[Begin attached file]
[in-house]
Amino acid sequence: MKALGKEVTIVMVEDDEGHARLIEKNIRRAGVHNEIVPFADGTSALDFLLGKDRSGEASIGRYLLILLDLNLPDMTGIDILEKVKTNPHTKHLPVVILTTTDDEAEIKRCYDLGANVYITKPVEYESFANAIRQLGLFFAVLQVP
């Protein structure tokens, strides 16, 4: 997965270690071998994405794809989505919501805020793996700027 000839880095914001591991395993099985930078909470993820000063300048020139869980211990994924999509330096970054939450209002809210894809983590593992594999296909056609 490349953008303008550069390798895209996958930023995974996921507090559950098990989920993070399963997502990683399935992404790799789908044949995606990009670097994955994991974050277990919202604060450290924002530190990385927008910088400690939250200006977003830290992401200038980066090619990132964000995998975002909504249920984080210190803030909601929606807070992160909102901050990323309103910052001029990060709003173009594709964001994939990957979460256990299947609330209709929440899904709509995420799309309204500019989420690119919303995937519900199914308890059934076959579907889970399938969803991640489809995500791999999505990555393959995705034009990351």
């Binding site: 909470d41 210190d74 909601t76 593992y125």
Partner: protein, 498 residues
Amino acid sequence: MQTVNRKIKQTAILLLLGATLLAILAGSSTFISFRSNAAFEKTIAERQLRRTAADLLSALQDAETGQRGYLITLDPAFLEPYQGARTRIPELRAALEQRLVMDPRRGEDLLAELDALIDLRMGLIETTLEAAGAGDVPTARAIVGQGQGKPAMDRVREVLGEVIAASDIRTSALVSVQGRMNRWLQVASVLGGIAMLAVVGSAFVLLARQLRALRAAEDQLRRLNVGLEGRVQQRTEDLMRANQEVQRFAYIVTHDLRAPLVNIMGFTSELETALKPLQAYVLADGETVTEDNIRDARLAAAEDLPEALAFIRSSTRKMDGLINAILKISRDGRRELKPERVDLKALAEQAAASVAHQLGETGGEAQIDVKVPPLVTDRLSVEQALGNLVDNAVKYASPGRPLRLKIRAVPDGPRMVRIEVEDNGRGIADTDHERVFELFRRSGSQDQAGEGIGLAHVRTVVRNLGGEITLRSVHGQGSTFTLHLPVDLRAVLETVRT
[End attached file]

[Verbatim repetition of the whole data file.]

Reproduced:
[in-house]
Amino acid sequence: MKALGKEVTIVMVEDDEGHARLIEKNIRRAGVHNEIVPFADGTSALDFLLGKDRSGEASIGRYLLILLDLNLPDMTGIDILEKVKTNPHTKHLPVVILTTTDDEAEIKRCYDLGANVYITKPVEYESFANAIRQLGLFFAVLQVP
């Protein structure tokens, strides 16, 4: 997965270690071998994405794809989505919501805020793996700027 000839880095914001591991395993099985930078909470993820000063300048020139869980211990994924999509330096970054939450209002809210894809983590593992594999296909056609 490349953008303008550069390798895209996958930023995974996921507090559950098990989920993070399963997502990683399935992404790799789908044949995606990009670097994955994991974050277990919202604060450290924002530190990385927008910088400690939250200006977003830290992401200038980066090619990132964000995998975002909504249920984080210190803030909601929606807070992160909102901050990323309103910052001029990060709003173009594709964001994939990957979460256990299947609330209709929440899904709509995420799309309204500019989420690119919303995937519900199914308890059934076959579907889970399938969803991640489809995500791999999505990555393959995705034009990351």
């Binding site: 909470d41 210190d74 909601t76 593992y125």
Partner: protein, 498 residues
Amino acid sequence: MQTVNRKIKQTAILLLLGATLLAILAGSSTFISFRSNAAFEKTIAERQLRRTAADLLSALQDAETGQRGYLITLDPAFLEPYQGARTRIPELRAALEQRLVMDPRRGEDLLAELDALIDLRMGLIETTLEAAGAGDVPTARAIVGQGQGKPAMDRVREVLGEVIAASDIRTSALVSVQGRMNRWLQVASVLGGIAMLAVVGSAFVLLARQLRALRAAEDQLRRLNVGLEGRVQQRTEDLMRANQEVQRFAYIVTHDLRAPLVNIMGFTSELETALKPLQAYVLADGETVTEDNIRDARLAAAEDLPEALAFIRSSTRKMDGLINAILKISRDGRRELKPERVDLKALAEQAAASVAHQLGETGGEAQIDVKVPPLVTDRLSVEQALGNLVDNAVKYASPGRPLRLKIRAVPDGPRMVRIEVEDNGRGIADTDHERVFELFRRSGSQDQAGEGIGLAHVRTVVRNLGGEITLRSVHGQGSTFTLHLPVDLRAVLETVRT